I re-watched this moving film last night. I knew very little of this period in history, other than a couple of names and recall watching the first time because it is historical, it had Ioan and Benedict in it.
It covers the period in William Wilberforce’s life where he tries to bring through parliament the Abolition of Slavery Act, during a time when many direct and indirect industries were reaping greedy amounts of riches from the backs of Africans, shipping and sugar plantations. As humans we rarely want to think about the full consequences that bring us what we want [how many of us could really visit a slaughter house but would clamour for a good steak or sizzling bacon, how many of us think of sweat shop working conditions but begrudge paying extra for ethically traded clothing, I am as big a hypocrite on this score as anyone].
Politics and its ugliness, it most devious and scheming thwarts attempts time after time. We meet John Newton [excellently portrayed by Albert Finney] in his monastic years, his spirit and dreams haunted by the thousand of slaves he had on his ships, and the bodies he threw overboard. Known to the educated as the author of the hymn, he implores and encourages Wilberforce to struggle on.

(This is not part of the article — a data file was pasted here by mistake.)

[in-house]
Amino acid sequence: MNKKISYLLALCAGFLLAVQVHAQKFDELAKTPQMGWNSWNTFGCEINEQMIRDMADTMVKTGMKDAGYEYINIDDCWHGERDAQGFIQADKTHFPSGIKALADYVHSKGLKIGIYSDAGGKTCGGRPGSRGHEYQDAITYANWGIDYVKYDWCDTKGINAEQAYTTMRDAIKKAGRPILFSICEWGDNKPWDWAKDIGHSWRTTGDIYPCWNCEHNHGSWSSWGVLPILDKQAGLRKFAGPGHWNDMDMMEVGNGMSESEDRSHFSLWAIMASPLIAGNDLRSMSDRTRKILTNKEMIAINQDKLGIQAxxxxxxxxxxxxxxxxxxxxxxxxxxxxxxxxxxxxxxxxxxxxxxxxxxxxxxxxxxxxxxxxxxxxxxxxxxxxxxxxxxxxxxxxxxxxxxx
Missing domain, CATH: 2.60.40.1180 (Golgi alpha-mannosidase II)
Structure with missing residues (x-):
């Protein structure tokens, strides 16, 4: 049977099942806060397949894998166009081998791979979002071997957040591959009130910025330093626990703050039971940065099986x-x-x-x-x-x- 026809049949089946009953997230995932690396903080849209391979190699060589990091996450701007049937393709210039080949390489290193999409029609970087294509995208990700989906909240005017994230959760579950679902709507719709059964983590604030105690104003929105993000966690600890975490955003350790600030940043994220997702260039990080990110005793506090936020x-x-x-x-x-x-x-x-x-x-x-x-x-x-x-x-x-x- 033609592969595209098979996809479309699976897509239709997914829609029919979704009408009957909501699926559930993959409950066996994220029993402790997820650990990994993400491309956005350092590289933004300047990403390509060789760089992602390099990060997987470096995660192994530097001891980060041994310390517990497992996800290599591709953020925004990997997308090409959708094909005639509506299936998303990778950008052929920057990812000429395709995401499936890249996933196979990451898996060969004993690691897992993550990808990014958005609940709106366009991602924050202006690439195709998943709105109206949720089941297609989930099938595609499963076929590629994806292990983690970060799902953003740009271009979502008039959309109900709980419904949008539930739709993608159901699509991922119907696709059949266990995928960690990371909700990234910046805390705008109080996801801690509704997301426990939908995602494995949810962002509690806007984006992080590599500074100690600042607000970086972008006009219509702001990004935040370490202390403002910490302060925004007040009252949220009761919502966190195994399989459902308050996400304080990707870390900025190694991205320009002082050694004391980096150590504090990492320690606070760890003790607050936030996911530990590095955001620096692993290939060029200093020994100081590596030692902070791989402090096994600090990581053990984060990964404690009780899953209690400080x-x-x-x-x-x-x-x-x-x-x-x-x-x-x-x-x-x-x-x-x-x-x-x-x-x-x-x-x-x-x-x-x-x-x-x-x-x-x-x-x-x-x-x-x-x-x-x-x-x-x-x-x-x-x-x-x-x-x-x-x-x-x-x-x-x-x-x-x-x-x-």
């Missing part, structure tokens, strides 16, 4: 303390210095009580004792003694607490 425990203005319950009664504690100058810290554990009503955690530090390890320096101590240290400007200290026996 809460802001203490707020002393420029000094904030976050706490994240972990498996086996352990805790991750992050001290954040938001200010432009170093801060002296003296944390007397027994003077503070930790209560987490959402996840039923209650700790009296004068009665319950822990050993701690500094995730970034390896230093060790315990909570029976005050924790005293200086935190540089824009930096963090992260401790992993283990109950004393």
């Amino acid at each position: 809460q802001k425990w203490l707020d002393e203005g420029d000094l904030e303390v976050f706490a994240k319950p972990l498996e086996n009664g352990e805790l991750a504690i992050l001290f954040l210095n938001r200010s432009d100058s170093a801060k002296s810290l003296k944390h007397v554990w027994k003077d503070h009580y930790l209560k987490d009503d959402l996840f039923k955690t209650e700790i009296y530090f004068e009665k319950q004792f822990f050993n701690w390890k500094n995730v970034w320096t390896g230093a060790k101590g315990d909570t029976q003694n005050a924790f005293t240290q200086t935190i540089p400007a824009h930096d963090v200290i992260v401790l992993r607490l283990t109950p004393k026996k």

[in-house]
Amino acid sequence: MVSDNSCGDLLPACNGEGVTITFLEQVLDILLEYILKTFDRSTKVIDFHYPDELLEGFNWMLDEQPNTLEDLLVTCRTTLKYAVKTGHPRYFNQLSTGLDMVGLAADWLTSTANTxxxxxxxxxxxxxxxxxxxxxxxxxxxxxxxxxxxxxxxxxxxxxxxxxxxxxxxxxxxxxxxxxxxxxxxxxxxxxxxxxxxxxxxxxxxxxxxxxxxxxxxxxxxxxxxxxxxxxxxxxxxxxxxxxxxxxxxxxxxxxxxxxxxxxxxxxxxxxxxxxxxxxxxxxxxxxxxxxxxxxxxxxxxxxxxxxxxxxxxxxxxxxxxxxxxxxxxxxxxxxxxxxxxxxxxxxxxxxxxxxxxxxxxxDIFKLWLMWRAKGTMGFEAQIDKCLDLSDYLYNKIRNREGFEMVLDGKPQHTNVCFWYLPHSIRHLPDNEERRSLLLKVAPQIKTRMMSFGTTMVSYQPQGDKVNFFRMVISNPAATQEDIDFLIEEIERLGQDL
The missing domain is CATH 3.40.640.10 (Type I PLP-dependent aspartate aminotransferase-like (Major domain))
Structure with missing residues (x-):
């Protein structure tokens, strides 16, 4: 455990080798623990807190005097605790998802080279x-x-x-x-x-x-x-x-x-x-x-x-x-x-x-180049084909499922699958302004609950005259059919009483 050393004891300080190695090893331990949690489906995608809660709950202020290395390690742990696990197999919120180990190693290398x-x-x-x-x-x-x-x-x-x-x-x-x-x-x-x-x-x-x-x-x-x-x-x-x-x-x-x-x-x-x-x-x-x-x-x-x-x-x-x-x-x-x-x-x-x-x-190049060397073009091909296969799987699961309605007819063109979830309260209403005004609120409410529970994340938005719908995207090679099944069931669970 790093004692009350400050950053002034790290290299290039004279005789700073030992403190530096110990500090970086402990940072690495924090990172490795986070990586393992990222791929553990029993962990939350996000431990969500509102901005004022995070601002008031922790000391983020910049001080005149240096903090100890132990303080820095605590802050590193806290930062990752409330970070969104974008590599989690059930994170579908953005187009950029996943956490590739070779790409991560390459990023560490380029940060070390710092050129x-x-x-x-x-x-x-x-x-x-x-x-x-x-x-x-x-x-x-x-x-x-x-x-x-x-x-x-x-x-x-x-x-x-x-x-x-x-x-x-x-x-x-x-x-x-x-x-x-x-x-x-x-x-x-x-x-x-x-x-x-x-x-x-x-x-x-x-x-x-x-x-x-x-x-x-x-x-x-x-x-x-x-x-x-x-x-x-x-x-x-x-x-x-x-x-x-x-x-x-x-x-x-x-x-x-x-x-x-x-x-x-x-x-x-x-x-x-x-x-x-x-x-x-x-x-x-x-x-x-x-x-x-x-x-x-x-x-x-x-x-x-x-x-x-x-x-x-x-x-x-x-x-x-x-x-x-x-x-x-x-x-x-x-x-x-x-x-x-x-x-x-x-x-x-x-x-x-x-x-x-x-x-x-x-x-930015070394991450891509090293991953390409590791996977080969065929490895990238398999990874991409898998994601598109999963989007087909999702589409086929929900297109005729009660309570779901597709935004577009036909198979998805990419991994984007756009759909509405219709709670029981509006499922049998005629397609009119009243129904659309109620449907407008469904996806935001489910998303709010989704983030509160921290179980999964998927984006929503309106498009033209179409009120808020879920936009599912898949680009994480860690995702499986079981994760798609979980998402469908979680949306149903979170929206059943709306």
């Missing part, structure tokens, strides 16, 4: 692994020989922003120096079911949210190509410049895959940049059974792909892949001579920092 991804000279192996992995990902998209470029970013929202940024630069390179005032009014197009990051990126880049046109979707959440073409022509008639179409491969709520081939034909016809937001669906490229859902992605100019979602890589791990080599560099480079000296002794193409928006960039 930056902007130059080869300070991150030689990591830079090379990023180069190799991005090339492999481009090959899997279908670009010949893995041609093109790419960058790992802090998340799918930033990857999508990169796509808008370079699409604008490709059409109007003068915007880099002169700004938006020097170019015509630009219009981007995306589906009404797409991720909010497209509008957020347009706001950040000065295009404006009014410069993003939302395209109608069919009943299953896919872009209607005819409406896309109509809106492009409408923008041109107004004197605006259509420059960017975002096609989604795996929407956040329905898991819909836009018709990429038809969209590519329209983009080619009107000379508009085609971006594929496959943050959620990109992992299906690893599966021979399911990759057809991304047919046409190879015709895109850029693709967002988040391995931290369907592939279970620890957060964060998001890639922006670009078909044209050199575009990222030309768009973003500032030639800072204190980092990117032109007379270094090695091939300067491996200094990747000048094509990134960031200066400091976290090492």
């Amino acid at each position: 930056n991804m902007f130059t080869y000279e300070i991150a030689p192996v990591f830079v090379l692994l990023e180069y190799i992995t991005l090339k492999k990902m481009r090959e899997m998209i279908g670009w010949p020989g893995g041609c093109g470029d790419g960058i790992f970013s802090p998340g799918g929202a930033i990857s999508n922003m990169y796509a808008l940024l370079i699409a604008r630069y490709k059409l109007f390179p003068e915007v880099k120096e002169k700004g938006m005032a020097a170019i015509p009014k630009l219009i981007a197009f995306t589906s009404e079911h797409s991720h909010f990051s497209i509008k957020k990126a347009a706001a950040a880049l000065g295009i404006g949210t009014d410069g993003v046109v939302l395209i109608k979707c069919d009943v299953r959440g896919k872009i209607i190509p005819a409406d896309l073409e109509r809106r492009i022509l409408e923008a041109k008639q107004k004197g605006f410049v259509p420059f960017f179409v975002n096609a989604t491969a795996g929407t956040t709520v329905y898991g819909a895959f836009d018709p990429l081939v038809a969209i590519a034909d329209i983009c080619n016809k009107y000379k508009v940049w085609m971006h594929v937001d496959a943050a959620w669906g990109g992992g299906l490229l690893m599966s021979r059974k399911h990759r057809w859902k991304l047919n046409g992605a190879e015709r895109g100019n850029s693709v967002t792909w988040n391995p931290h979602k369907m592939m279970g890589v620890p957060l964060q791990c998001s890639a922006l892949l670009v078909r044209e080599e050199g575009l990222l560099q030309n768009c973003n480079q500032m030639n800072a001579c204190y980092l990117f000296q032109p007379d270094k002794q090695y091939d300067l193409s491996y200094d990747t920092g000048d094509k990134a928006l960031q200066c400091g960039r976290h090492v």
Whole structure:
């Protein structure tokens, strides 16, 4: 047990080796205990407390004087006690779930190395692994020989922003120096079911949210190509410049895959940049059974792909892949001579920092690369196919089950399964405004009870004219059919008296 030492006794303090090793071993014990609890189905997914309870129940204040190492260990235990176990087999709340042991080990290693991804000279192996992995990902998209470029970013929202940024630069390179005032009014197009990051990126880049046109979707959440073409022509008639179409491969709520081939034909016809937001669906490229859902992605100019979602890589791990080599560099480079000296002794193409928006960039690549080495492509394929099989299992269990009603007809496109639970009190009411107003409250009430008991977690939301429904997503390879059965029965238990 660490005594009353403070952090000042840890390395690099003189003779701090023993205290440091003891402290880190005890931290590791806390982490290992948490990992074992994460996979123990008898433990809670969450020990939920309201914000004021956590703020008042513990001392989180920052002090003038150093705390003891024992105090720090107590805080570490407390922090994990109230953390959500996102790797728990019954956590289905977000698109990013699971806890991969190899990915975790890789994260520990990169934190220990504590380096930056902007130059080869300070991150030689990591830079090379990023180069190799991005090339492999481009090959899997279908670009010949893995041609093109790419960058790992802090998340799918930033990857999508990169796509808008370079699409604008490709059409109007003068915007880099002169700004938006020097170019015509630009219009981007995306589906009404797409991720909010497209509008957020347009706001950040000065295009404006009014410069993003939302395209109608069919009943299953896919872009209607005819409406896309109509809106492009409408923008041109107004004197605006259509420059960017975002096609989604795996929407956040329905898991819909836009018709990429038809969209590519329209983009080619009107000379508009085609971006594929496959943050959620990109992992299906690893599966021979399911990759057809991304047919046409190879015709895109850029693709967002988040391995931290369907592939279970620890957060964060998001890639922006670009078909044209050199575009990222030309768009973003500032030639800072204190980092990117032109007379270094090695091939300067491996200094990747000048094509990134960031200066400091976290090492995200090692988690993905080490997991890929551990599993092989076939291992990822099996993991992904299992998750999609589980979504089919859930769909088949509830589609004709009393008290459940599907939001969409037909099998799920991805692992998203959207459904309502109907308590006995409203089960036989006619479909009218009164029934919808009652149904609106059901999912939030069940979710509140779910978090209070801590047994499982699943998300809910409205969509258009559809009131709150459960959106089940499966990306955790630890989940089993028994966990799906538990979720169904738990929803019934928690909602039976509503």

Eventually he succeeded, but only be a lighty devious means. Often when his motion was put to the house the opposition would ensure they had all their people there ready to vote. So, a bill was introduced by another with regard the use of ‘neutral flags’, where ships often flew them to avoid being attacked and boarded by privateers. A boring bill, a piece of nothing, but all too late did Lord Tarleton realise that by banning the use of ‘neutral flags’ the slave ships and sugar ships could not carry their cargo safely and thus a resounding victory saw the start of this country’s abolition of slave labour.
The portrayal of these men is colourful and impressive and gives insight to the period excellently, but it is the very end as the credit begin to roll that so do my tears. It starts with a lone piper, in full dress uniform slowly marching through the amassed company playing the haunting strains of Amazing Grace, shortly the remainder of the pipers join in, as the lone piper continues his slow march. As the piper progresses and the camera pans back you see the drummers as the begin. Until finally the whole band is together in harmony. The building up on the layers is goose-bumping and to my ears no piece of music is ever as ‘right’ as bagpipes and Amazing Grace.
A blight on our countries history, one of quite a few really, but we do find enlightenment eventually.